and in 8.2, attitude of the Police at that time seemed to be that they were all ‘undesirables’ and the young women were not worthy of police protection.

So there was a culture of disregard and contempt for the girl victims.

In conclusion

British policing is not free of corruption. The case of Daniel Morgan demonstrates this. He was a private investigator who was close to uncovering serious drug-related police corruption, when he was murdered with an axe in SE London on 10th March 1987. Five police inquiries followed. One is still running. The case spills over to the News of the World hacking scandal and also the Stephen Lawrence case.

There is no reasonable doubt that corruption exists within the police force. Indeed, Sir Bernard Hogan-Howe has admitted as much.

If there had been an arrangement between the taxi drivers and some high ranking police officers, it would explain a lot.

So what about conspiracy? We know that there are many paedophiles in the general population. It is hard to be certain, but estimates are that the prevalence is about 5% of males. It is reasonable to suppose that this prevalence will be greater in those who have been exposed to sexual abuse at boarding school, which is where a large proportion of our government officers, MPs and Peers were educated. The incidence of practitioners will increase if there is a perception that they can get away with it by reason of being in a position of power, as was the case for Jimmy Savile and Cyril Smith.

During the bad old days when homosexuality was illegal, gays could recognise each other ("gaydar") and support each other. They even had their own language, Polari.

There is no reason to believe that paedophiles would hold back from forming such networks within Westminster. We do know of networks and gangs of common paedophiles who have been caught.

These comments are by no means anywhere near proof that networks of corruption and paedophilia exist in our ruling classes. But the hypothesis that these networks exist is certainly a reasonable one, and it is consistent with the observation of 15 instances where police failed to investigate, pulled detectives off their cases when they were closing in on VIPs, lost evidence and other officials acted to cover up and protect child abusers in the Establishment. Even more astonishing are the three cases where witnesses - one even being a Home Office researcher - felt that police officers threatened them if they did not desist from investigating sex abuse. See "Physical threats" on this page.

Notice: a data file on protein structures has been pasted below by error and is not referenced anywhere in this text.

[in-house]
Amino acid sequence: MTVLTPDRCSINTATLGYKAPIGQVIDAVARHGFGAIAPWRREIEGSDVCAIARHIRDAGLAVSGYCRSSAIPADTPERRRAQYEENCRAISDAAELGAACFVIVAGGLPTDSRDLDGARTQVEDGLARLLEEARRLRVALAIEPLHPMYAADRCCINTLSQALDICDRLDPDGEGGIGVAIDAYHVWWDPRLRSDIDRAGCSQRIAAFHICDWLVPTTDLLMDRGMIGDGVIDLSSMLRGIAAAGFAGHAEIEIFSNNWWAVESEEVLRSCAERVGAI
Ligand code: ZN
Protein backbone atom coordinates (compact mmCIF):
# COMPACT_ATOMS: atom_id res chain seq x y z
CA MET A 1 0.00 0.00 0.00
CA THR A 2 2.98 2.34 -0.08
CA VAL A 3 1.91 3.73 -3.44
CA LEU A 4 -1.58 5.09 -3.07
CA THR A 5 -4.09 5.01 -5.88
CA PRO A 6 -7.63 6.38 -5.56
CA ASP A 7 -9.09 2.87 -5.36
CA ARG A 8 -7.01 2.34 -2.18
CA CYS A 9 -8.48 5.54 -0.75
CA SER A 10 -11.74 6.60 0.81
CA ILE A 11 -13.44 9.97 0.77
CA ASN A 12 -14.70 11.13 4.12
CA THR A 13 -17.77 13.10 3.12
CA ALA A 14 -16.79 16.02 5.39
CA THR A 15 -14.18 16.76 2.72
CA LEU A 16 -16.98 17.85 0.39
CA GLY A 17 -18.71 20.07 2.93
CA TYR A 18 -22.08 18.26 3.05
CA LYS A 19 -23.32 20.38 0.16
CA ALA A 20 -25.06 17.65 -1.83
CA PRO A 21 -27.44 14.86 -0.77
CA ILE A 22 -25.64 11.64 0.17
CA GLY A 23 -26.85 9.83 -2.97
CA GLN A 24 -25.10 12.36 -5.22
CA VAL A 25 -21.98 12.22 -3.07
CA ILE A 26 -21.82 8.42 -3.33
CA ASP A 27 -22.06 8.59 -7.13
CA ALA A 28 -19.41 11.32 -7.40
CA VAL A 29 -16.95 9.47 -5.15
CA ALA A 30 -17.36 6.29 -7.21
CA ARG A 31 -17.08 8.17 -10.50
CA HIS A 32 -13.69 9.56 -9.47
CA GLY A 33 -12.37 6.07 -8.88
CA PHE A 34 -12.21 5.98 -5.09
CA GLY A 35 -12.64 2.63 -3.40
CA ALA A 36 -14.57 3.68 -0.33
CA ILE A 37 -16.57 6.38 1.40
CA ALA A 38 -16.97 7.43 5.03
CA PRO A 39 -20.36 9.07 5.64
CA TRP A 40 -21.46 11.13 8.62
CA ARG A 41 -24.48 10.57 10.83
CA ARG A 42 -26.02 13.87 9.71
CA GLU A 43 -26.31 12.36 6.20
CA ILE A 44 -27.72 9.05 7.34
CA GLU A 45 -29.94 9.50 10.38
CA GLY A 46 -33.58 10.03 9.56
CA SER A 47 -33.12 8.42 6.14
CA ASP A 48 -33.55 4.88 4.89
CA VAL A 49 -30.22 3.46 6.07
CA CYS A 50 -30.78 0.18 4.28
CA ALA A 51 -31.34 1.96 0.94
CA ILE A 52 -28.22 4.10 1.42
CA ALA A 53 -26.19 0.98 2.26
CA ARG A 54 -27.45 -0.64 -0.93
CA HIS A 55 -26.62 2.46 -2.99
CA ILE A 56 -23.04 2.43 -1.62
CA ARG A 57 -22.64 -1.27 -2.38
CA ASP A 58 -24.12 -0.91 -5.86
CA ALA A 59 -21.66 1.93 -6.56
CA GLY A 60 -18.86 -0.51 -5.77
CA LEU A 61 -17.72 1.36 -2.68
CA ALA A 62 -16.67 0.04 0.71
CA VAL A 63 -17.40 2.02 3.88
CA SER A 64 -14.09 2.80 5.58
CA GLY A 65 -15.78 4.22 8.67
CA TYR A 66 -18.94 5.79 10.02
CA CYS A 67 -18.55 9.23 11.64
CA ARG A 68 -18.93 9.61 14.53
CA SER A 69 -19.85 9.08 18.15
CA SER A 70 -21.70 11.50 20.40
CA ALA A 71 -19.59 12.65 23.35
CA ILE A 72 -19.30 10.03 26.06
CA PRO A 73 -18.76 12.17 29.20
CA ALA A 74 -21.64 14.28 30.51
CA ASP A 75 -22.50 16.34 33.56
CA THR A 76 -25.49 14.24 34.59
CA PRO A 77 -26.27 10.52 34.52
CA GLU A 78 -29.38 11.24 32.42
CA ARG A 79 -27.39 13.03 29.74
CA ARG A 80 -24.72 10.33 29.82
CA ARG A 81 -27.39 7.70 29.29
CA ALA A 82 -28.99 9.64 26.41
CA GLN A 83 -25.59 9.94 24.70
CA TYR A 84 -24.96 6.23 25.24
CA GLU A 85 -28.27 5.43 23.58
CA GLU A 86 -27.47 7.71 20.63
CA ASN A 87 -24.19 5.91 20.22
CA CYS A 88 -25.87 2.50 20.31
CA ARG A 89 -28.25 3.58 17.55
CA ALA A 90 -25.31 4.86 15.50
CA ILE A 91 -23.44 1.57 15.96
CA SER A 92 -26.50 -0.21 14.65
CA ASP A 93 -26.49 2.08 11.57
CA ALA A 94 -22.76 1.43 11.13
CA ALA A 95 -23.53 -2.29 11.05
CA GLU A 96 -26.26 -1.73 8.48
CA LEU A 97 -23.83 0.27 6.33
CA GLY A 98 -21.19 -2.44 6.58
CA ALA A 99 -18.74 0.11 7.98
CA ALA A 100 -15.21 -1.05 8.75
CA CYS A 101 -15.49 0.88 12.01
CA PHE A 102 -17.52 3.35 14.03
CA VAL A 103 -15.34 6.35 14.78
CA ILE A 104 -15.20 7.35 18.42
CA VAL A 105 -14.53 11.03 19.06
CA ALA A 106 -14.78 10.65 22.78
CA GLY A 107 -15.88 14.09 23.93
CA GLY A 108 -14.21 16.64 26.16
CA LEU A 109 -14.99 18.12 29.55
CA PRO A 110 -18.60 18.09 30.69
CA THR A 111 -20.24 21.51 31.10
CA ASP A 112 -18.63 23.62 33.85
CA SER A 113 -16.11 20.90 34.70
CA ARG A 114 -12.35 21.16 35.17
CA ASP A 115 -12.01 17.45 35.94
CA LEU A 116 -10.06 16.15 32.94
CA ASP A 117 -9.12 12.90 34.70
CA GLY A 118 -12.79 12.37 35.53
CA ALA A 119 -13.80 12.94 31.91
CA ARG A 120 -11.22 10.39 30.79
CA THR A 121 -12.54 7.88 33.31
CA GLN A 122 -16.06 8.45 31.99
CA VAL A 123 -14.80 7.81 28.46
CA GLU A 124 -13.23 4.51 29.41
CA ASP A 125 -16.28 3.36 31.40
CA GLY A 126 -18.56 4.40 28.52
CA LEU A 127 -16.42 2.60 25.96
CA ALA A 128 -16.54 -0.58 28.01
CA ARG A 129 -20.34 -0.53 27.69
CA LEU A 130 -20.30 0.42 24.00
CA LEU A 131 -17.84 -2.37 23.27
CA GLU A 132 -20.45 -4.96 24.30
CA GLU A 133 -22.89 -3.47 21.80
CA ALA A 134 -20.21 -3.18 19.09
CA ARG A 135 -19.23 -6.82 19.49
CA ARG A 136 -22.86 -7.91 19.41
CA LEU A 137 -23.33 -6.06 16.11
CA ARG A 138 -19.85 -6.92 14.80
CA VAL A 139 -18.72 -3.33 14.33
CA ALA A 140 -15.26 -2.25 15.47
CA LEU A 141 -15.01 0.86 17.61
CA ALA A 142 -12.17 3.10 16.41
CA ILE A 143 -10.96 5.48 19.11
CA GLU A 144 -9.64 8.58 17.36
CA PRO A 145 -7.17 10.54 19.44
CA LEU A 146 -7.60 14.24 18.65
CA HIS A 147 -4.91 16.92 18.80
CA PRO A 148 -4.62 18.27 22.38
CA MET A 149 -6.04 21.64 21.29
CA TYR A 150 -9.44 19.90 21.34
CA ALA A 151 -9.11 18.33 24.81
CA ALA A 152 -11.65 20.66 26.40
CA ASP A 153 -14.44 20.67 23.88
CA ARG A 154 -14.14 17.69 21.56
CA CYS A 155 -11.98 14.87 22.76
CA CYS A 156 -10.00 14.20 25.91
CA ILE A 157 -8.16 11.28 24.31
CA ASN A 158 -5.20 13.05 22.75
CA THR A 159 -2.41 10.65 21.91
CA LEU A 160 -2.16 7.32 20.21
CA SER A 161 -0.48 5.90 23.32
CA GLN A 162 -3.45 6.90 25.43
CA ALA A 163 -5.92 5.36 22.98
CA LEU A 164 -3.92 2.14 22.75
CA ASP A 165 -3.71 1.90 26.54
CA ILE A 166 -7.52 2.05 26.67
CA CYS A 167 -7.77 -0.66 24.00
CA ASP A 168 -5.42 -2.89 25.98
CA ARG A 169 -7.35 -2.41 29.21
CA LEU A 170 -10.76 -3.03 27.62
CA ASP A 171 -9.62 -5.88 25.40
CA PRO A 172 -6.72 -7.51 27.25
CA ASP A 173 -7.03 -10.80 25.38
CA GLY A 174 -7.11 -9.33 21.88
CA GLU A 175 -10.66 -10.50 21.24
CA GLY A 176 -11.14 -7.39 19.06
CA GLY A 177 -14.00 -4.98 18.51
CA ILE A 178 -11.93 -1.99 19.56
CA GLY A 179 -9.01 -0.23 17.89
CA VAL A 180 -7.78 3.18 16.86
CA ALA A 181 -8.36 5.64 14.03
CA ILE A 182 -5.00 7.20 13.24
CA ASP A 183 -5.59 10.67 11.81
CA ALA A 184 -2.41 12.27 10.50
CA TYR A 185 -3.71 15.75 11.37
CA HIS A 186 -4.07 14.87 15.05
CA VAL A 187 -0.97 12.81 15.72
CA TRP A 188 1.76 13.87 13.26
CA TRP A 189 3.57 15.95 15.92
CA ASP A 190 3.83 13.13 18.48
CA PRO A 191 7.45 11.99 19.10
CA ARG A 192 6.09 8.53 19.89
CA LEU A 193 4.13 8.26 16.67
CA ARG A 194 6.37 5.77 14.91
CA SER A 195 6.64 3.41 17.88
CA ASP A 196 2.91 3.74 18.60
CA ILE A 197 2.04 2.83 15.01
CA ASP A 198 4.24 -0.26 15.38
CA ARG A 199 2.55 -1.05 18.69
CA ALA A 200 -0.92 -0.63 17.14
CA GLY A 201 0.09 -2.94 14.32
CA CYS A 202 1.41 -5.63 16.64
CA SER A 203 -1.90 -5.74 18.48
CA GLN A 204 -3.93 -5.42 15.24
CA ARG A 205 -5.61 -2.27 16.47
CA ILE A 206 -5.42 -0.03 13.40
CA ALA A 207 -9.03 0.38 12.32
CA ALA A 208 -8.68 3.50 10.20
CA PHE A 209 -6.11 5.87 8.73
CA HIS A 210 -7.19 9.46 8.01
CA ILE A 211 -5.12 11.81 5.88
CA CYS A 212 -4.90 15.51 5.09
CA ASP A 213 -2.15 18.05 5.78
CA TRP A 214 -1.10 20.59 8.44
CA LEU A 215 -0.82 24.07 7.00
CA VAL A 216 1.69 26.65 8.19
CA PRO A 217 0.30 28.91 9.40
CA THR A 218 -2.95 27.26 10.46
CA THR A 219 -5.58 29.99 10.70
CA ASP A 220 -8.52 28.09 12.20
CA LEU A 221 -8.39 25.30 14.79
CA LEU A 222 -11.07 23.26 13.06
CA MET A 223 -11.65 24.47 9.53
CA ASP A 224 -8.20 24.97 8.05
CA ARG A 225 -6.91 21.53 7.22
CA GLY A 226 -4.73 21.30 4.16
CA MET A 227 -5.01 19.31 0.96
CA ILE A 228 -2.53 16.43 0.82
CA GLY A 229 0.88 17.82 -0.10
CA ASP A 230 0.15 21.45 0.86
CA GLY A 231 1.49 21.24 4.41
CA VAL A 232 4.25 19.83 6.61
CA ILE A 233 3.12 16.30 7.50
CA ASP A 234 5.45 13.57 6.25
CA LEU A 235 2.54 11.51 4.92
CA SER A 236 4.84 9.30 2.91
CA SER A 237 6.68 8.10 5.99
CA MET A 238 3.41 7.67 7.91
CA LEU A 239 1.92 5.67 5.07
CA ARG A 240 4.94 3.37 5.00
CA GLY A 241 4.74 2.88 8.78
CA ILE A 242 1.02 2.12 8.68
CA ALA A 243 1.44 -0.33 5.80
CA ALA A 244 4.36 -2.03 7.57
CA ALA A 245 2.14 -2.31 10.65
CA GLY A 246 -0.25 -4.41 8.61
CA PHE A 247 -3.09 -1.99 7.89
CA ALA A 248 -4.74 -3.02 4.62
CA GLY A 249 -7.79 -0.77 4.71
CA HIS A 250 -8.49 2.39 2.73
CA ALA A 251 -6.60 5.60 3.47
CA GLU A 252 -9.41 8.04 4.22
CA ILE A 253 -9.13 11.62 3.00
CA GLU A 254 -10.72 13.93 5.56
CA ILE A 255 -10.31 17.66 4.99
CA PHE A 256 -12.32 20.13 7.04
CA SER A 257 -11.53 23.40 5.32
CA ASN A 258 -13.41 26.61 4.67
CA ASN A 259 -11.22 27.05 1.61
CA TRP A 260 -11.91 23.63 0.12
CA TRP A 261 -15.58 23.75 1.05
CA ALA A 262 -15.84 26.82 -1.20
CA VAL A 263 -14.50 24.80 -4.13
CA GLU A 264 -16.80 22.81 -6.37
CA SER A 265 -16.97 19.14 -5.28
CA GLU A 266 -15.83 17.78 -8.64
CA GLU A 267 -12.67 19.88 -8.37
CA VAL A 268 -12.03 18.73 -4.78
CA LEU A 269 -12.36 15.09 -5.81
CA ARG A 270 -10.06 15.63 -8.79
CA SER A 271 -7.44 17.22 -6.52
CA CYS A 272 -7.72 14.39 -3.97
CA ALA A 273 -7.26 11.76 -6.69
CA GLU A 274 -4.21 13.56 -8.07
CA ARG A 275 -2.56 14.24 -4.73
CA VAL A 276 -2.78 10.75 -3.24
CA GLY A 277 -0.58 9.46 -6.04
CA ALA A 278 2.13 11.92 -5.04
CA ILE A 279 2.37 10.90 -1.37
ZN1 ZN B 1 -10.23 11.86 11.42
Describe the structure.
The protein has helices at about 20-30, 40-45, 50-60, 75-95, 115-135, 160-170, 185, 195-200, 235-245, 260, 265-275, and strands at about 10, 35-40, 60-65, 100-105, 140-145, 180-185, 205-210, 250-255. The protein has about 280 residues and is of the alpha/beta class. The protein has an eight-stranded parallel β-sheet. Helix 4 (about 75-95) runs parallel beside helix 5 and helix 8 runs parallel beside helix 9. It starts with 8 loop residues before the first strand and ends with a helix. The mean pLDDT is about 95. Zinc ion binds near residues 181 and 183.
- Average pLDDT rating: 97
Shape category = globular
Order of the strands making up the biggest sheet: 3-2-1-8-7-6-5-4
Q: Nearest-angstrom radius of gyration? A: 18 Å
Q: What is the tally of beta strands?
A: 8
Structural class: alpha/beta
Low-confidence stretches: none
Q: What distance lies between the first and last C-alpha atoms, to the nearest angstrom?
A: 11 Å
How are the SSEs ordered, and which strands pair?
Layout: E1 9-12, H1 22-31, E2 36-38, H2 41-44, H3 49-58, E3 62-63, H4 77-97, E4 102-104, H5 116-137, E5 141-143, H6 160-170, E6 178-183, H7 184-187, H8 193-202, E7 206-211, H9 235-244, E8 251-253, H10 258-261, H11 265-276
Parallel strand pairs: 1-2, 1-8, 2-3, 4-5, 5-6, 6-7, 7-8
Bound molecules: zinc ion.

One witness, Bulic Forsythe,  a Lambeth social worker, was murdered days after he spoke about his suspicions that children were being assaulted by an organised gang at one home that is said to have been visited by the Labour politician. Three men were seen taking files from his house. 
A policeman who shared suspicions about a Labour politician was pulled from the case, which remains unsolved.
The corruption hypothesis may or may not be accurate. It can be tested by a vigorous, determined police investigation aimed at finding the source of instructions within the police to not prosecute Asians, to set aside the 2003 Act, and to remove the evidence gathered by the Home Office researcher.

To expose and excise the corrupt officers needs investigation by courageous, committed officers of integrity who are backed by politicians of similar calibre. This is a tall order, but it can happen, if hundreds of ordinary, decent citizens take the trouble to join the campaign for justice for young people.